Wednesday, 30 December 2009

Earning the right to be difficult

So, it’s been a while since my last entry – apologies for keeping you hanging and festive cheer to one and all. Here at last is the follow up to the ‘Particular or pretentious?’ entry (see previous entry) about difficult interviewees I’ve encountered over the years.

First there was the minimal US techno act that I was on the verge of interviewing. Setting the interview up was a long protracted process. In the meantime I was sent their music, which frankly was so minimal as to be virtually non-existent. Every track on the album used the same sounds and the 'evolution' of each track involved such minute changes that only the most fanatical techno geek or sound engineer could have picked up on them.

It’s always hard to interview someone whose music doesn’t inspire you but you can still do your job as a journalist and find out what makes them and their music tick. When the editor then told me, "They’re renowned for being a bit difficult," I thought it over long and hard and wondered on what grounds could they afford to be difficult? Their music is bland, directionless and non-eventful! I mean, The Aphex Twin AKA Richard James is renowned for being difficult, contrary and frankly a bit of a shit in interviews but have you heard his music? He's earned the right! I turned down the interview in the end. I am sure they would have sensed I didn’t care much for their music so left the interview for someone that did.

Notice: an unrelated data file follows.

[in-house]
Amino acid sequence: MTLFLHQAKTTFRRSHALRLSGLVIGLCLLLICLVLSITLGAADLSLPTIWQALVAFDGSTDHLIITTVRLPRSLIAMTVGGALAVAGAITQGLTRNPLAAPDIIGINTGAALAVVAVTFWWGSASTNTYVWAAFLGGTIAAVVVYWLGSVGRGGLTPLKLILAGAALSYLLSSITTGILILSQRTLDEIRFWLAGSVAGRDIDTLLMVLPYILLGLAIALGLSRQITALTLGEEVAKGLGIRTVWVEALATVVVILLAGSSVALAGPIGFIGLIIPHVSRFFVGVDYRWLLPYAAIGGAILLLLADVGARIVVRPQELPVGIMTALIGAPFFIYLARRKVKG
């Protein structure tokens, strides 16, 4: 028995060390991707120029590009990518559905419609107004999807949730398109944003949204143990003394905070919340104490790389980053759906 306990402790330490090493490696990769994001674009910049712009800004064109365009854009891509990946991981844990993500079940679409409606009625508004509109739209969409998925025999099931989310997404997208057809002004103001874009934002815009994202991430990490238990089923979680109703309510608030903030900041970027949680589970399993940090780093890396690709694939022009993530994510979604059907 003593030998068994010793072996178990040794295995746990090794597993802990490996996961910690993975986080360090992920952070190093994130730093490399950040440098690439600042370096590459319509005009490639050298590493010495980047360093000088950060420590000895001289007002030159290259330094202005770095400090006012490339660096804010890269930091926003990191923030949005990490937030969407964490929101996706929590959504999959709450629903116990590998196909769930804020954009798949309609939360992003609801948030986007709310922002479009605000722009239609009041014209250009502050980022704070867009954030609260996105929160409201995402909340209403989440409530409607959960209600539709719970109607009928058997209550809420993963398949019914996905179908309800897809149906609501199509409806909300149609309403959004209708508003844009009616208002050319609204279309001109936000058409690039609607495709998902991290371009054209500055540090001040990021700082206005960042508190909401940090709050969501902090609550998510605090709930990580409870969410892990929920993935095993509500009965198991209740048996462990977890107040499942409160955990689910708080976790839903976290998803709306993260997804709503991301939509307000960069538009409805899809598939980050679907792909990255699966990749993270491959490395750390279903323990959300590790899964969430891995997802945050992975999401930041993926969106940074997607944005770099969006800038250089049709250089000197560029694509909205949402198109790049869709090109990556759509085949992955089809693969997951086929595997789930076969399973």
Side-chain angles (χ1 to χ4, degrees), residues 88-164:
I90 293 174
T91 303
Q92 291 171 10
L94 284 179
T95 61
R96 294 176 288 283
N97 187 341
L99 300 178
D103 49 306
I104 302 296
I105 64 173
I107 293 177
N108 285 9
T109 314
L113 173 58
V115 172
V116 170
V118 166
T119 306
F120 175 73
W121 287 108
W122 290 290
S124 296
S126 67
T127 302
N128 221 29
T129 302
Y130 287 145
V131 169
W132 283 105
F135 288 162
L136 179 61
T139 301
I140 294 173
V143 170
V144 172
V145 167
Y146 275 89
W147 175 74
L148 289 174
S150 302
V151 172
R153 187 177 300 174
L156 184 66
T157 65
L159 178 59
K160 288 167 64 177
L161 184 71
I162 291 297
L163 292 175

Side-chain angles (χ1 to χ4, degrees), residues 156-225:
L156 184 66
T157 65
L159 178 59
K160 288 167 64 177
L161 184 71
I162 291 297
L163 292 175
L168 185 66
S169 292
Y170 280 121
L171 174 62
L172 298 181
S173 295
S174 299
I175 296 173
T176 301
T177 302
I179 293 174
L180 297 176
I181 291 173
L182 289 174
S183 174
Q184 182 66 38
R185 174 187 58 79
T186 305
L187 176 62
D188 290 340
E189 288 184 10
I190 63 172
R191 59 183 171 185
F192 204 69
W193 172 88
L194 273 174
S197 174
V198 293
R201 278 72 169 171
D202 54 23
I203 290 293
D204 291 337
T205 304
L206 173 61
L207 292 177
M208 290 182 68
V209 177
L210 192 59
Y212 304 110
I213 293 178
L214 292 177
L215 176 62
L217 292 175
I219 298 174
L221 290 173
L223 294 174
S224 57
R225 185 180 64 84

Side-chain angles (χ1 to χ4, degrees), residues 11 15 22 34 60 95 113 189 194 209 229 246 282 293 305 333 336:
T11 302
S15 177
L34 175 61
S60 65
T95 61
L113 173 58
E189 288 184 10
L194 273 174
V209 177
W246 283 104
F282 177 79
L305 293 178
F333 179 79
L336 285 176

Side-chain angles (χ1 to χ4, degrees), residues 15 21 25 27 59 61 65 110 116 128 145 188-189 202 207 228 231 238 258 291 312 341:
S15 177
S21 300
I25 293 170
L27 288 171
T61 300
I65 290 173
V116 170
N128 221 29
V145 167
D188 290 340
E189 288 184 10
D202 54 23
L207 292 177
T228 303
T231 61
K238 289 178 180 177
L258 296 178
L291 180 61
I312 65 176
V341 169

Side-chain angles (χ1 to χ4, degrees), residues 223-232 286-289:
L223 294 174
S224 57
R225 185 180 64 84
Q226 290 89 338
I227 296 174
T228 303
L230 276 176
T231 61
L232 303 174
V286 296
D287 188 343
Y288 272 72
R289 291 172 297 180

More difficult interviewee stories in a few days time. In the meantime, Happy New Year and a fantastic 2010 to you.

Useless music fact #8: So well done to Rage Against The Machine for grabbing the Christmas Number 1 spot from the evil clutches of Simon Cowell and his (s)hit factory that continues to leave bland, monotonous skidmarks on the collective pants of popular music. For those of you lucky enough to hear RATM's live performance on BBC Radio Five Live, doesn't it make you wonder how stupid people are to think they could ask a band to play a track with the line "Fuck you, I won't do what you tell me" without the 'sweary bit' and expect them to obey orders? They managed four 'fucks' before being faded out. Anyway, the fact... When 'Killing In The Name' was first released in 1993, Bruno Brookes played the completely uncensored version on his Top 40 chart rundown on BBC (again!) Radio One. Is this the first time one band has managed to turn airwaves blue twice? Was Bruno Brookes an anarchist hiding under a fluffy mullet? If this isn't a good enough useless fact for you, Bruno also went out with Anthea Turner for a while, but was cruelly usurped by fellow Radio One DJ Peter Powell as Turner's number one on her wheels of steel. The shame!

Originally posted on on 30 December 2009.